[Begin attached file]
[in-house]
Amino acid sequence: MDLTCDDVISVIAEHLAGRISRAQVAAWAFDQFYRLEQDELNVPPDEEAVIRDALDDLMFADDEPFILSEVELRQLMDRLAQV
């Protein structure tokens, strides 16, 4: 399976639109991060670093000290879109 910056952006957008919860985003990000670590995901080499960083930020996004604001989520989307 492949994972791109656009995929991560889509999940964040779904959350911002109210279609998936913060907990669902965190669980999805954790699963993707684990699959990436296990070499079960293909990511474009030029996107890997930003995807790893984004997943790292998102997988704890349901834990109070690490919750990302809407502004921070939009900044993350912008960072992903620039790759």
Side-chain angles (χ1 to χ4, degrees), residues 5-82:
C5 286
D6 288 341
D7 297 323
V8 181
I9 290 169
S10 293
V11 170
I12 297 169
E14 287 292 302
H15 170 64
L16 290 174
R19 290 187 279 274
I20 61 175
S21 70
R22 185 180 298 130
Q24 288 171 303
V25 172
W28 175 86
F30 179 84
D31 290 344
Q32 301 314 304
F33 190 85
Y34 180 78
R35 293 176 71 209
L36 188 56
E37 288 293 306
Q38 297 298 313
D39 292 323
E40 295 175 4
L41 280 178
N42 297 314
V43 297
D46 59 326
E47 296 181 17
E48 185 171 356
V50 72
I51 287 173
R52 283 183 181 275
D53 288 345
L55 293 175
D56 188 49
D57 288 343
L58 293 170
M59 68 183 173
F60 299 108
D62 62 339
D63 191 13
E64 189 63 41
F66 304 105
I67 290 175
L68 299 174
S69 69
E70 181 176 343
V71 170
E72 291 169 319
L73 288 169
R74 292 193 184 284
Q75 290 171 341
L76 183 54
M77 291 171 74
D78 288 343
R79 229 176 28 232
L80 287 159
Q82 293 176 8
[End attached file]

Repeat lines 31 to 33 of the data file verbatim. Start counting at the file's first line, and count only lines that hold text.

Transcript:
Q38 297 298 313
D39 292 323
E40 295 175 4